You know what’s “NOT OK”? You know what “hurt ME to the core”? The fact that you have disregarded ME and MY NEEDS for years. It hurt when you would get drunk and hit on my boyfriends (yes, 2 of them actually).  It hurt when you would get so drunk that I was mortified to have friends over because you were cross-eyed and slurring, that I would leave the house and cry because I was worried about you. It hurt when you would fall and I would have to pick you up off the floor and you didn’t even know I was there. It hurt when I would come home and you had gotten into Charlie’s scotch and you would cry and I would rock you in my arms as you sobbed and told me how depressed you were, and then wake me up picking fights with me in the morning. It hurt when you would get drunk and look at me with one eye open and say “you fucking bitch” over and over and over, until I left the room. It hurt when you let other people hurt me and you didn’t protect me, but instead turned the other way because it was too “deep” for you to get involved because it was too hard for you to look at your own tendencies and imperfections. It hurt when Charlie got drunk and beat the shit out of me and I was screaming your name to help me and you were passed out and didn’t wake up right away.. then you looked the other way when I moved into Joe’s house because you were too depressed without Charlie and I wanted you to be happy so he came back and I left. It hurt when you would drink all night and then wake up in the early hours and pour yourself more wine, I used to spill out the bottles and hide the rest of the liquor in the house so you wouldn’t die in the chair from alcohol poisoning. It hurt when I used to come home from being out and wake you up to hug you and tell you how much I loved you and never let you go even though you were buckling at the knees because you were so drunk.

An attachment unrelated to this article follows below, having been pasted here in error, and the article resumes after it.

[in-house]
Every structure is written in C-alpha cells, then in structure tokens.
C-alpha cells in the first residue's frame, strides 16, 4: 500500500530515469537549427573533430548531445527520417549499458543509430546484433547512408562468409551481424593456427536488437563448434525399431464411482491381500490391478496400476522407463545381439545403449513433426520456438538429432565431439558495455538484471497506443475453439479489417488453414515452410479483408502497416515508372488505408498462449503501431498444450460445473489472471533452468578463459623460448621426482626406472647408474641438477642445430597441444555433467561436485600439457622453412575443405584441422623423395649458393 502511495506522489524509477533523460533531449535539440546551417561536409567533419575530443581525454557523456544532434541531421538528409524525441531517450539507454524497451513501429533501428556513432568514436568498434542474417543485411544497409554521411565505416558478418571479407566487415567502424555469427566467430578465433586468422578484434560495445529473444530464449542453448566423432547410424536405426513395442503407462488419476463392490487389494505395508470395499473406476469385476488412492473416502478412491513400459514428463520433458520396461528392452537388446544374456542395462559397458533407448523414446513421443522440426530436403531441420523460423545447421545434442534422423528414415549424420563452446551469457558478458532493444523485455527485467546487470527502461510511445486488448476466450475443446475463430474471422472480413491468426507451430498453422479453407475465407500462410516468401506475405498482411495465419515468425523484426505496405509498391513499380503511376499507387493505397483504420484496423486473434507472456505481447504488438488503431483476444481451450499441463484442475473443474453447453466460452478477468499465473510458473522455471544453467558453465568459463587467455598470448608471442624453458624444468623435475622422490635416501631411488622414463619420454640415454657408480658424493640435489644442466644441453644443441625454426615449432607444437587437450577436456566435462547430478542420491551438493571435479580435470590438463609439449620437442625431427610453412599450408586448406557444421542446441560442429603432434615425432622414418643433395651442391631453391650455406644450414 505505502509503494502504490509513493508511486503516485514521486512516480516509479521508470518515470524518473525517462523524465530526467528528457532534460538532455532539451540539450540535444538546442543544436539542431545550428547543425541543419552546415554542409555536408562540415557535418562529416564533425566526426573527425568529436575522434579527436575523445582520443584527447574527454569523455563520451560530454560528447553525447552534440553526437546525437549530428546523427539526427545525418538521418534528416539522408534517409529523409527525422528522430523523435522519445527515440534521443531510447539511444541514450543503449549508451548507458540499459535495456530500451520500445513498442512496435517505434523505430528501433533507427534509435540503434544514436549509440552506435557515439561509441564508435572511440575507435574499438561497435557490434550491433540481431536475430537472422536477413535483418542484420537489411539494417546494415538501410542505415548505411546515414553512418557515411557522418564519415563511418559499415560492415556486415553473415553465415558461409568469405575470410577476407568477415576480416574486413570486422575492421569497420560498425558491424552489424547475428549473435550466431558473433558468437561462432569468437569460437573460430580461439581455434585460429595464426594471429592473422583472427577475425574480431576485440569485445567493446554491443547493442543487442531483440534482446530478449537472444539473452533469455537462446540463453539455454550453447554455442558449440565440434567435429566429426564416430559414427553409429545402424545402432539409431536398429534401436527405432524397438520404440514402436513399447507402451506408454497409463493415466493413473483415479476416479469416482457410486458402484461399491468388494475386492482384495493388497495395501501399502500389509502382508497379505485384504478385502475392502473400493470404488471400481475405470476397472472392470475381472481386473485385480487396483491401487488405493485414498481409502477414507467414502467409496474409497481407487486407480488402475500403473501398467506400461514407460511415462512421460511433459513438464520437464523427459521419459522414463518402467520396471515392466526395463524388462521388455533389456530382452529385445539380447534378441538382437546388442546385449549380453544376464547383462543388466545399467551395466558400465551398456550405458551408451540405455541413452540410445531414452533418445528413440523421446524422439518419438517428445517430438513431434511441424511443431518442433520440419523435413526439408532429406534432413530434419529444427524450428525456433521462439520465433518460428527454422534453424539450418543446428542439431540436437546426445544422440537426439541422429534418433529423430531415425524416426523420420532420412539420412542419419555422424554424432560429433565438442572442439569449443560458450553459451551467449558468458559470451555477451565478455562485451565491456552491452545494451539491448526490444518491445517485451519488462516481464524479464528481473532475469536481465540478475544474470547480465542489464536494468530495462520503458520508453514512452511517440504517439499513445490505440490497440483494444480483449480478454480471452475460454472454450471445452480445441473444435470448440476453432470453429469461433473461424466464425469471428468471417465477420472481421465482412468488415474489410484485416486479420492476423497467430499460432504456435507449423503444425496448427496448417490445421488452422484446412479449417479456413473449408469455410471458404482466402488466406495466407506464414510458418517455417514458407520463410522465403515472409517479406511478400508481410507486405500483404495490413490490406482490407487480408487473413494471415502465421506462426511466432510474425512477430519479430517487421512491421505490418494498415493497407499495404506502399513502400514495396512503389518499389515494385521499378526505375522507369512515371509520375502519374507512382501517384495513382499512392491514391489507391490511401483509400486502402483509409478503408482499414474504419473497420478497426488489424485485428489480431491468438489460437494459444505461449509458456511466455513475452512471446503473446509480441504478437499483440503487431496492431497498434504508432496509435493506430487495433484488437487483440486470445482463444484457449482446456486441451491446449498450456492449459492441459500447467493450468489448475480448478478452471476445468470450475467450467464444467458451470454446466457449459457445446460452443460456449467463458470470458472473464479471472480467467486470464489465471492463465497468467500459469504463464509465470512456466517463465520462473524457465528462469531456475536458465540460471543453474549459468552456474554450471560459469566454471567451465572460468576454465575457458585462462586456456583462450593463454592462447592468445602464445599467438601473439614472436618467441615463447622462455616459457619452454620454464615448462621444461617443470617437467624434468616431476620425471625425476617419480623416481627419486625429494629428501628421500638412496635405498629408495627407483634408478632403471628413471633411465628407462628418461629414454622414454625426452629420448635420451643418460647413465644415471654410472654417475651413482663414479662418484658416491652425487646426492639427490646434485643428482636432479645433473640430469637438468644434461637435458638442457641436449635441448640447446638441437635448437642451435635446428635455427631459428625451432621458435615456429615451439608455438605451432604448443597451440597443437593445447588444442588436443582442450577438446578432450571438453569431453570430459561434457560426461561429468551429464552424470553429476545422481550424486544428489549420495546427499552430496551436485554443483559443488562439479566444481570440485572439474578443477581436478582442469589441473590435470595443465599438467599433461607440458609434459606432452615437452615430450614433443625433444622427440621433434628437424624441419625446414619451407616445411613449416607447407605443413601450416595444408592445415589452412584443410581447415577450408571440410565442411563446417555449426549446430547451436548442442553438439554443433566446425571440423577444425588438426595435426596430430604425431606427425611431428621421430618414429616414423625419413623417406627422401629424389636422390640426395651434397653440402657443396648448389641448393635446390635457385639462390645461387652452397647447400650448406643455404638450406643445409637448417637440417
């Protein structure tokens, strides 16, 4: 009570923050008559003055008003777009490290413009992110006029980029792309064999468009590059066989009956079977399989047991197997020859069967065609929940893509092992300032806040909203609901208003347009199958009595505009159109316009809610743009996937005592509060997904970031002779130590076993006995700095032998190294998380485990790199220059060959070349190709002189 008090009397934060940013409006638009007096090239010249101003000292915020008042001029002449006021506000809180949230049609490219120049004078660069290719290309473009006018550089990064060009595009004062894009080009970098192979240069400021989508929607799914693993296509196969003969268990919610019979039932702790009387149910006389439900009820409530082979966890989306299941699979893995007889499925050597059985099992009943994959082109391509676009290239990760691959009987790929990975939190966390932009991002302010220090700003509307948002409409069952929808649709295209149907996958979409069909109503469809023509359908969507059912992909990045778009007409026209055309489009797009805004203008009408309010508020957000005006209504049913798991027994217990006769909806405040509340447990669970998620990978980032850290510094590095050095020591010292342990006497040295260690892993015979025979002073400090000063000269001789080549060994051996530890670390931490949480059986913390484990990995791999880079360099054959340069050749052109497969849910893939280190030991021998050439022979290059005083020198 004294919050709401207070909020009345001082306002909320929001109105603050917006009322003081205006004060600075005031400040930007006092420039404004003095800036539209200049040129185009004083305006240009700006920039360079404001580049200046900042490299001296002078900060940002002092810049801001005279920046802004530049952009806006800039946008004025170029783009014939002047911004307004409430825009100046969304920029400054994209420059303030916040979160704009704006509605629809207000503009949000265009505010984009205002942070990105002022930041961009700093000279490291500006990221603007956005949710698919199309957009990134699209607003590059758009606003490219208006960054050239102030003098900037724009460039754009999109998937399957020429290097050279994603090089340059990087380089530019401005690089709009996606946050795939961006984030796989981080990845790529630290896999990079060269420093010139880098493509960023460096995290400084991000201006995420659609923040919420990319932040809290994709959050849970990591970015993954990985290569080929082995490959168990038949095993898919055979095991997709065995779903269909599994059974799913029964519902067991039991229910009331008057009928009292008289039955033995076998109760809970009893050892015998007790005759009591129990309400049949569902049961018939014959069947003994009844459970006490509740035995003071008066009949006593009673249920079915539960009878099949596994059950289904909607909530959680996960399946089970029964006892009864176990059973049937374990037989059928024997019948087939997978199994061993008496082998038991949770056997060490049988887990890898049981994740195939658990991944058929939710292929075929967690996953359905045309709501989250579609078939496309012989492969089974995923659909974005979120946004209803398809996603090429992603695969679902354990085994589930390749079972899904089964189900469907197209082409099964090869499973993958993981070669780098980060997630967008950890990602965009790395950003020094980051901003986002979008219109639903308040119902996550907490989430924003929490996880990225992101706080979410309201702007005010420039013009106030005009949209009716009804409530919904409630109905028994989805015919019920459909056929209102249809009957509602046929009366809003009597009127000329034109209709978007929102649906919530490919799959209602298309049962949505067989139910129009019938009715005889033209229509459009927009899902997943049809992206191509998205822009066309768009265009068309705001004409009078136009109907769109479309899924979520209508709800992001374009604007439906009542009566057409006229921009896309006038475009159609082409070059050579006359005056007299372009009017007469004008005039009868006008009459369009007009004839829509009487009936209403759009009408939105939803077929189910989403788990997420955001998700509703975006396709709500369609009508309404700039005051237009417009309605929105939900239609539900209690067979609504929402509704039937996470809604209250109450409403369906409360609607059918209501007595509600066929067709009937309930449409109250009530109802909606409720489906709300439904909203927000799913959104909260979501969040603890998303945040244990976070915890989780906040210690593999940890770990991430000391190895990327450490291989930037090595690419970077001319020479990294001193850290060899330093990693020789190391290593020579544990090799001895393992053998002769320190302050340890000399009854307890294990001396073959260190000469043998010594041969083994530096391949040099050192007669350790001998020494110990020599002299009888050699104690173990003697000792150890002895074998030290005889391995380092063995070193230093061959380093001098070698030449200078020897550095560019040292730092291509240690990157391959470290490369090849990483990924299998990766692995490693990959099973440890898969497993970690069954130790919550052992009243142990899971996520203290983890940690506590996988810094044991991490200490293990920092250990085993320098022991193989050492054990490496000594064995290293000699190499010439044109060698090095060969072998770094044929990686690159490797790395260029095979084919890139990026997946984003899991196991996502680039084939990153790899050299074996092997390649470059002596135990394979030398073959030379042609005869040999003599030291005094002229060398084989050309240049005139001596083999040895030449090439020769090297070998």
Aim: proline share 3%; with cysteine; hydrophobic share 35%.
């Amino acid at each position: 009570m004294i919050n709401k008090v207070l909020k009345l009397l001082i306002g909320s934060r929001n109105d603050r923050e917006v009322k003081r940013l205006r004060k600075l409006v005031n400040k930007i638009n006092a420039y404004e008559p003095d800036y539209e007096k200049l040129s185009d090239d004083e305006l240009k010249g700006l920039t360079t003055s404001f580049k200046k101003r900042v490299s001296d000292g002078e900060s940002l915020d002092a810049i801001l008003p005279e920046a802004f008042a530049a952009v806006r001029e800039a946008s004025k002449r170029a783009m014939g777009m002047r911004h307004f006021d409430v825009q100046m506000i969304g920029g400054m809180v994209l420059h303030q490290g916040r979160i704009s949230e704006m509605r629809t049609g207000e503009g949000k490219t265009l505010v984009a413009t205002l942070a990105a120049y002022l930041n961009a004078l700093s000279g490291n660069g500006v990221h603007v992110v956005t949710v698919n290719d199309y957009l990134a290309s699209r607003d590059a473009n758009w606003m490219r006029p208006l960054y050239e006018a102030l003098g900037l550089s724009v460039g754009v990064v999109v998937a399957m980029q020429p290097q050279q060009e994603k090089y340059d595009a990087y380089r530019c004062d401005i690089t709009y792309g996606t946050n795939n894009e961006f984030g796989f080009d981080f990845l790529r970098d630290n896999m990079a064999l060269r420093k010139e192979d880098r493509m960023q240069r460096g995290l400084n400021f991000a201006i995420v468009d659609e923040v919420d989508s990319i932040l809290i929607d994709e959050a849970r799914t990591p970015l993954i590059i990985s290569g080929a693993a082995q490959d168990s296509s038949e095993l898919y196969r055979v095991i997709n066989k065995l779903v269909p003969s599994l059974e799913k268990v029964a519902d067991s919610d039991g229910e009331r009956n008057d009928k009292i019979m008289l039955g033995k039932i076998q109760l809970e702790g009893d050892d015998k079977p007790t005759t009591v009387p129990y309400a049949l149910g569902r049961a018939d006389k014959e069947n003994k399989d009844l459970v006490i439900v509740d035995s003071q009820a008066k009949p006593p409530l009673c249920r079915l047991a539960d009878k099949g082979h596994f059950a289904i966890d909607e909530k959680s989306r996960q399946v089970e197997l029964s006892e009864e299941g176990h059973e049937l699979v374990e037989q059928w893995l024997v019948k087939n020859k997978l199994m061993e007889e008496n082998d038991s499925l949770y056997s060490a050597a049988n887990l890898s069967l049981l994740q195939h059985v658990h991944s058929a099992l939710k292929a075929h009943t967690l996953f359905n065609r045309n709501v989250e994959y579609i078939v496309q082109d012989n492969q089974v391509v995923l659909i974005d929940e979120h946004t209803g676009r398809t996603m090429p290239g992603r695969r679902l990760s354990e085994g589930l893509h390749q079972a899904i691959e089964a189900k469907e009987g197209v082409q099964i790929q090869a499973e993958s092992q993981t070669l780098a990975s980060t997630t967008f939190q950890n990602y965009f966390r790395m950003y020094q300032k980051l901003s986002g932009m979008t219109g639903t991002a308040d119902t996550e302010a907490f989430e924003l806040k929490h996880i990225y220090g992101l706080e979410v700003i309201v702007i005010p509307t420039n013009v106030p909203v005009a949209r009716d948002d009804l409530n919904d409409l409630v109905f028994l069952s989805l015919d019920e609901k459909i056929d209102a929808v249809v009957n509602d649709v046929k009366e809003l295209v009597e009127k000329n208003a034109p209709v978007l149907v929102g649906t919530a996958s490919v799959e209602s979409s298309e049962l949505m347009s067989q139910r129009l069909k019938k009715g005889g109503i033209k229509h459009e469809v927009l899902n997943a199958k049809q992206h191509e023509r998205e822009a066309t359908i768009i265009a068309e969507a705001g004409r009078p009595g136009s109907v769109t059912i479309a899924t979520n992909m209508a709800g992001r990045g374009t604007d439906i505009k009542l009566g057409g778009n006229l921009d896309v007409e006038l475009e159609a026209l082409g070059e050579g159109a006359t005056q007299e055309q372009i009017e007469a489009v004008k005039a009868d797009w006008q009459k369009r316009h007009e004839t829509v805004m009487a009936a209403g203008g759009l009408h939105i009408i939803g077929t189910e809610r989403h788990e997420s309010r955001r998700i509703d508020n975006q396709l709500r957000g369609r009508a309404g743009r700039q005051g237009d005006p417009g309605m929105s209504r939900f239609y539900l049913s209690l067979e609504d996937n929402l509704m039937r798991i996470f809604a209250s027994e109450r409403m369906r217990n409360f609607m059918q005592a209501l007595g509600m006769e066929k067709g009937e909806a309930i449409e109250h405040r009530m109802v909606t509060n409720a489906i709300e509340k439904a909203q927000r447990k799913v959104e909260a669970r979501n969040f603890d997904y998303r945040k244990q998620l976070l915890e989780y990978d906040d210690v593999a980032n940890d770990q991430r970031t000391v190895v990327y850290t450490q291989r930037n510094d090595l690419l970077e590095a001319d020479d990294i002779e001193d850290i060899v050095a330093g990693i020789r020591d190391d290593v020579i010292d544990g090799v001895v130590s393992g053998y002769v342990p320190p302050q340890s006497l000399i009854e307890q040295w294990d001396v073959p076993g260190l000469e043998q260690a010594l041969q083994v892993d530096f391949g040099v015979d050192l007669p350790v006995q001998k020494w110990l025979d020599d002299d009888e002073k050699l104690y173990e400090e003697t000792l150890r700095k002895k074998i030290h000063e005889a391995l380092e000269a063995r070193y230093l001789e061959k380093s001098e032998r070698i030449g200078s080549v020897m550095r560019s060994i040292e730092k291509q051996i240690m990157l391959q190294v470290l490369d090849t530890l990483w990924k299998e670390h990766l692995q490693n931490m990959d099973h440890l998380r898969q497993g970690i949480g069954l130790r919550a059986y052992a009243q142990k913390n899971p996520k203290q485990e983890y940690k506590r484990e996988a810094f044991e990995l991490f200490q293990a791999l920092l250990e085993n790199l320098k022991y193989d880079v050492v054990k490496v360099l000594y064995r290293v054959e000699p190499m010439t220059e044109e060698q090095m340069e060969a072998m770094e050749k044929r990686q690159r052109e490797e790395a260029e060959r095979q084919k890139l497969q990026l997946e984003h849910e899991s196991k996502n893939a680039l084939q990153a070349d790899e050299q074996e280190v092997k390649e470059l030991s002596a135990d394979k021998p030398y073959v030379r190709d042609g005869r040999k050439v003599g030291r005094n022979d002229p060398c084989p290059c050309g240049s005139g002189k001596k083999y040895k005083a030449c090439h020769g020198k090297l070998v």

You say, “I was a bad mother”.. like motherhood was a thing in the past. YOU ARE A MOTHER AND WILL BE FOREVER. You have pawned motherhood, and me, off to anyone that would make it easier for you, and your speaking of motherhood in past tense further proves that. You thank people for being there for me because you didn’t know how to be, like it’s your “get out of motherhood free card”.. Aunt Millie, Charlie, and now apparently Justin’s parents. You might say “I love you” when you hang up the phone with me but you don’t love me enough to try to be a better mother. You might say it with words, but you don’t say it with actions. I can’t even count how many times I heard the “I was a stupid kid and married an asshole” speech.. Is there some sort of all or nothing policy here? Do you feel as though you made fucked up choices then and it was doomed there after so who cares? What a poor excuse to continue to not learn to do better or be better for your kid. The issue is NOT that you were a stupid kid and married an asshole, it’s that you have been drunk for 15 years (yes you started when I was 11, I remember it like it was yesterday). What you’re letter is REALLY saying is “I’m sorry I am a bad mother, but you still have to tend to my needs”.. That is certainly not what will or should ever happen. You know, I remember being a little girl and you telling me stories about how awful it was being a child of an alcoholic, that it was humiliating, that there was no one to trust, no stability.. That you would sit and eat sandwiches for dinner in the backyard alone because your mother was passed out in the living room and hated YOU. How do you think I fucking feel? You PROMISED ME that you would never do to me what your mother did to you… and that’s EXACTLY what you did. THAT HURTS.